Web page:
Estimating the Effect of Damages Caps in Medical Malpractice Cases: Evidence from Texas
The Journal of Legal Analysis, Vol. 1, No. 1, pp. 355-409, 2009
U Illinois Law & Economics Research Paper No. 07-16
U of Texas Law, Law and Econ Research Paper No. 106
56 Pages Posted: 26 Feb 2009 Last revised: 24 Dec 2009
Date Written: February 26, 2009
Using claim-level data, we estimate the effect of Texas's 2003 cap on non-economic damages on jury verdicts, post-verdict payouts, and settlements in medical malpractice cases closed during 1988-2004. For pro-plaintiff jury verdicts, the cap affects 47 percent of verdicts, and reduces mean allowed non-economic damages, mean allowed verdict, and mean total payout by 73 percent, 38 percent, and 27 percent, respectively. In total, the non-econ cap reduces adjusted verdicts by $156M, but predicted payouts by only $60M. The impact on payouts is smaller because a substantial portion of the above-cap damage awards were not being paid to begin with. In cases settled without trial, the non-econ cap affects 18 percent of cases and reduces predicted mean total payout) by 18 percent. The non-econ cap has a smaller impact on settled cases than tried cases because settled cases tend to involve smaller payouts. The impact of the non-econ cap varies across plaintiff categories. Deceased, unemployed, and (likely) elderly plaintiffs suffer a larger percentage reduction in payouts than living, employed, and non-elderly plaintiffs. We also simulate the effects of different caps, and find substantial differences in cap stringency across states. Different caps reduce aggregate payouts in tried cases (all cases) by between 16 percent and 65 percent (7 percent and 42 percent). Caps on total damages have especially large effects.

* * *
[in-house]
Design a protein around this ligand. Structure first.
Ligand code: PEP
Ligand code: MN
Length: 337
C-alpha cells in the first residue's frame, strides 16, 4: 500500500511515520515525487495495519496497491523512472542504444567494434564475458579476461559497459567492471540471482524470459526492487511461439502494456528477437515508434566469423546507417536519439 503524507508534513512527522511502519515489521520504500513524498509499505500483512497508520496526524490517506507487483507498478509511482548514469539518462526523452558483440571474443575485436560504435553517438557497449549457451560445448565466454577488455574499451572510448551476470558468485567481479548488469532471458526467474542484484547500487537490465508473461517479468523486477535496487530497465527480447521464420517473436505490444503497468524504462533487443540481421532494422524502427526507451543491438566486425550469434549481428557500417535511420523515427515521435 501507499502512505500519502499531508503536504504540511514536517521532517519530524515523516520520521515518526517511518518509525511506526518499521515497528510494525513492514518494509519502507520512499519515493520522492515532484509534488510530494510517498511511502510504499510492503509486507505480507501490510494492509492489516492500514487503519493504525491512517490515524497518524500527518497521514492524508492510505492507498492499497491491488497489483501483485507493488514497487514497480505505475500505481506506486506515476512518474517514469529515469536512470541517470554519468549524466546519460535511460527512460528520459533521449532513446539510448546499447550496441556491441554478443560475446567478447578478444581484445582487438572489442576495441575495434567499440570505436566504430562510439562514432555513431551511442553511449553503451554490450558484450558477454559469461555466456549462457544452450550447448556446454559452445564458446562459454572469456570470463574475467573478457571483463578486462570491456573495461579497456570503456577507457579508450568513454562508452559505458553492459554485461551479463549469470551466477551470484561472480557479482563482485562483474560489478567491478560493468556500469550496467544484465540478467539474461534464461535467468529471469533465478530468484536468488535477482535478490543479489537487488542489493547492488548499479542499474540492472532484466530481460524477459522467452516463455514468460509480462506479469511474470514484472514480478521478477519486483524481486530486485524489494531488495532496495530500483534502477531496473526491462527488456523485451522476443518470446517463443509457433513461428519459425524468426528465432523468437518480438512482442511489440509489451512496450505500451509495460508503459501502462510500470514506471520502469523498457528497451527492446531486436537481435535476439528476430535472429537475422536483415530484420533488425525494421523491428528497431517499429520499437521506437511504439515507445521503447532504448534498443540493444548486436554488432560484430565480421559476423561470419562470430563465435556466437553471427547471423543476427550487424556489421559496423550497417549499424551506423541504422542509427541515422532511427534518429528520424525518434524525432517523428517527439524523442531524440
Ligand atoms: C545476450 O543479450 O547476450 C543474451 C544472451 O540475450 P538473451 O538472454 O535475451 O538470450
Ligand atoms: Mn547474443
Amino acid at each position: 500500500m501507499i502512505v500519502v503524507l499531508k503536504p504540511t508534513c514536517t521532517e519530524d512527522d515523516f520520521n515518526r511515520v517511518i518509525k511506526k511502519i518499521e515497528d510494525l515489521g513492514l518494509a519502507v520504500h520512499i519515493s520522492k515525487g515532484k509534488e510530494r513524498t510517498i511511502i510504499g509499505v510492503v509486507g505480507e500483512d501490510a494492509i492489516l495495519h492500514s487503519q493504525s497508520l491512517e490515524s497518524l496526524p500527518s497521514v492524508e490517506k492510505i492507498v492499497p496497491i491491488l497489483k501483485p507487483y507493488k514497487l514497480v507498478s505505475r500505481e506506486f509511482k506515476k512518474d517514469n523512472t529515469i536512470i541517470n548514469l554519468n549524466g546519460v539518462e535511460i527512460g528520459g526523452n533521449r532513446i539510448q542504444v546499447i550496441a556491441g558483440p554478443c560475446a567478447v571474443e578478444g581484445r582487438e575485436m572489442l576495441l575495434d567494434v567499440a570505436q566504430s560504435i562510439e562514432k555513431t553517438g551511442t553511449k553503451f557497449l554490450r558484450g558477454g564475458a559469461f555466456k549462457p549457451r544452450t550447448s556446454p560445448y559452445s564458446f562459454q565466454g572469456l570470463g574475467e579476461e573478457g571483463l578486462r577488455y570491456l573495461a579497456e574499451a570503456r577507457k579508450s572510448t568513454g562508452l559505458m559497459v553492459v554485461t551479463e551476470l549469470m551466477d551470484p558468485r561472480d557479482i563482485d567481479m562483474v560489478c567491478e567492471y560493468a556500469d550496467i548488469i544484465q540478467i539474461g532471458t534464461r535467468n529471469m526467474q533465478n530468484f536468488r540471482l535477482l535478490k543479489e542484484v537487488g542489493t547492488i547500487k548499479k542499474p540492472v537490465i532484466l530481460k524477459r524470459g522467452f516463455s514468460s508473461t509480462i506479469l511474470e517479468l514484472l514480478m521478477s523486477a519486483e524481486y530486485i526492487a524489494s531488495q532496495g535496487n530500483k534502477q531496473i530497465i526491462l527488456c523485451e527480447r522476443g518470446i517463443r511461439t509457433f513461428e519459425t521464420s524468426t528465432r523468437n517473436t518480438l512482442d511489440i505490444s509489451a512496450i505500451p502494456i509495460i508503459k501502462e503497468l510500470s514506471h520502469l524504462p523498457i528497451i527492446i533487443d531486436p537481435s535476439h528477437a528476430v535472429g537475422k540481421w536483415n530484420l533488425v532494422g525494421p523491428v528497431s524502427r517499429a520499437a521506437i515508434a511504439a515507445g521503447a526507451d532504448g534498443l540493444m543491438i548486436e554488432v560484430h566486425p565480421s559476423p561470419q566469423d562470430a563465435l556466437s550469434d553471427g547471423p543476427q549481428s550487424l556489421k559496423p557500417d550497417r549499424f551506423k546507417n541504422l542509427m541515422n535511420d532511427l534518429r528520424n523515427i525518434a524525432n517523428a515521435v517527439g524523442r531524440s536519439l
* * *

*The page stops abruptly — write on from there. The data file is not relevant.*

Keywords: damages caps, medical malpractice, texas, settlements
JEL Classification: K13
Suggested Citation: Suggested Citation
Do you have a job opening that you would like to promote on SSRN?
Defense Costs and Insurer Reserves in Medical Malpractice and Other Personal Injury Cases: Evidence from Texas, 1988-2004
By Bernard S. Black, David A. Hyman, ...
The Hidden Victims of Tort Reform: Women, Children, and the Elderly
Settlement at Policy Limits and the Duty to Settle: Evidence From Texas
By David A. Hyman, Bernard S. Black, ...
The Demographics of Tort Reform
By Joanna Shepherd and Paul H. Rubin
Negotiating in the Shadow of 'Bad Faith' Refusal to Settle: A Game Theory Model of Medical Malpractice Pre-Trial Settlements and Insurance Limits
By Theodore H. Frank and M.e. Newhouse
The Effects of Jury Ignorance About Damage Caps: The Case of the 1991 Civil Rights Act
Tort Reforms’ Winners and Losers: The Competing Effects of Care and Activity Levels
Experimental Simulations and Tort Reform: Avoidance, Error and Overreaching in Sunstein Et Al.'s Punitive Damages
By Neil Vidmar